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Death under cover 

The danger of rats.

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At a particularly dismal moment in Martin Scorsese’s “The Departed,” a disgusted undercover cop mutters, “It’s a nation of rats.”

Not quite. But the film and the recent flap in the Northeast over t-shirts that demand “Stop Snitchin’ ” are calling attention to a part of the legal system that critics say has gotten out of control.

While it’s impossible to get accurate counts due to the inherent secrecy of the practice, moderate estimates place the number of informants working for police agencies in the U.S. in the hundreds of thousands.

Since the U.S. Supreme Court OK’d the use of confidential informants 50 years ago, the practice has become a primary tool of the so-called war on drugs. As one court noted:

“Without informants, law enforcement authorities would be unable to penetrate and destroy organized crime syndicates, drug trafficking cartels, bank frauds, telephone solicitation scams, public corruption, terrorist gangs, money launderers, espionage rings, and the likes.”

Critics counter that the practice has become a dangerous public policy, compromising the integrity of police work, endangering both informants and innocents, eroding confidence in the rule of law enforcement, and often producing bad information.

The Little Rock Police Department and the Pulaski County sheriff’s office would not disclose the number of informants in their files.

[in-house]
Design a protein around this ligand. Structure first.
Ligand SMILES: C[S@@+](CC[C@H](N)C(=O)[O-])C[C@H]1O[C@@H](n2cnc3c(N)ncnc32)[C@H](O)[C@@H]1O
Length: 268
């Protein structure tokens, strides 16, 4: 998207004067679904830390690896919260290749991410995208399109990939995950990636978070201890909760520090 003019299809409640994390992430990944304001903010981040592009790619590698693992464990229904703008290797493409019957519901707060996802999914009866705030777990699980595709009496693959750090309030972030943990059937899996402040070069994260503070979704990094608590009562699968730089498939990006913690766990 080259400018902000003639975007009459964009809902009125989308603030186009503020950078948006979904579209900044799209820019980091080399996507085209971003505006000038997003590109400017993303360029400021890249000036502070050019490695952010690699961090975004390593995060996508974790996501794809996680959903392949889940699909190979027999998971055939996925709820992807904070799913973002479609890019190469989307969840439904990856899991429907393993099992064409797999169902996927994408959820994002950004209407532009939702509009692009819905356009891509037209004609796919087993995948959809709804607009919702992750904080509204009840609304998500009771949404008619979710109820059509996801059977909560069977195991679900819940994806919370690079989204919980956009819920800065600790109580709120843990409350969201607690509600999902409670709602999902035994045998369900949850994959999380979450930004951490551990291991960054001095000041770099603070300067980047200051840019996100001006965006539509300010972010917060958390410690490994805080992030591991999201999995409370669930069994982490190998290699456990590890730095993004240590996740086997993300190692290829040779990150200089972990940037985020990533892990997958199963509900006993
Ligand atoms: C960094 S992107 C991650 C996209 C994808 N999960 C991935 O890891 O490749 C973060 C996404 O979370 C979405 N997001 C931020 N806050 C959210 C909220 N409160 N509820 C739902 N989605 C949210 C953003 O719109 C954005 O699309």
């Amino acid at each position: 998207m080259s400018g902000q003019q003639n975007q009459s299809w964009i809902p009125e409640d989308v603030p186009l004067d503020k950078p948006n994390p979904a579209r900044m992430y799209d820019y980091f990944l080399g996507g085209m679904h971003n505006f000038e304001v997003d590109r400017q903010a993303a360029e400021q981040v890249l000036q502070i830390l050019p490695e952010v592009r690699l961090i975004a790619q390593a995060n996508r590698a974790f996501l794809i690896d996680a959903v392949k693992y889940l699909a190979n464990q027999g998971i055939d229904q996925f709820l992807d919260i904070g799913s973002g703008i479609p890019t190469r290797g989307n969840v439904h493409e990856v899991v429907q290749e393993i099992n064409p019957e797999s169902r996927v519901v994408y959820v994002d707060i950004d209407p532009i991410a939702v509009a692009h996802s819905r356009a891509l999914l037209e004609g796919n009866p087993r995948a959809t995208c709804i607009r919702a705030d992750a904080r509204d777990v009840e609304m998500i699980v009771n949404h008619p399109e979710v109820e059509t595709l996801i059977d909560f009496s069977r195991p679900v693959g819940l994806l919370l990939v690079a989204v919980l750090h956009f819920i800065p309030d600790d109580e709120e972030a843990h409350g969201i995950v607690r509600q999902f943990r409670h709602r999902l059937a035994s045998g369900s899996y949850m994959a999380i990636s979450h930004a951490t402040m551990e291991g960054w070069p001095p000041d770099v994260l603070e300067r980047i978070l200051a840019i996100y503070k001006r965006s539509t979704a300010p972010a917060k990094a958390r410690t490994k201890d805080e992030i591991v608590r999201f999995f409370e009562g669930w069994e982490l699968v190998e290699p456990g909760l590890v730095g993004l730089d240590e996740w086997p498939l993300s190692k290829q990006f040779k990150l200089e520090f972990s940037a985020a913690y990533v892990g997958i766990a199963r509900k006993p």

The North Little Rock Police Department said it currently has 51 informants working with its narcotics unit. The Maumelle Police Department reported having 18 confidential informants, 10 males and eight females, though four of those have been “disqualified.”

No statewide figures are kept. Keith Rutledge, the state drug director, said that if regional drug task forces are using informants, it is done — and paid for — “at the local level.”

The way informants are handled varies widely, and that, too, is shrouded in secrecy. All four of the police agencies mentioned above stress that they make no promises to arrestees that the penalties they face will be reduced in exchange for cooperation.

All four reported, however, that if that person agrees to cooperate, information about his or her helpfulness may be conveyed to the prosecuting attorney. This takes the form of letters or recommendations that are also confidential. An informant has to trust the police.

“We tell you what you’re charged with and give you a phone number to call,” said Sgt. Robert Mourot, who heads the Street Narcotics Unit for the Little Rock police. “Once you bond out of jail, you can call us.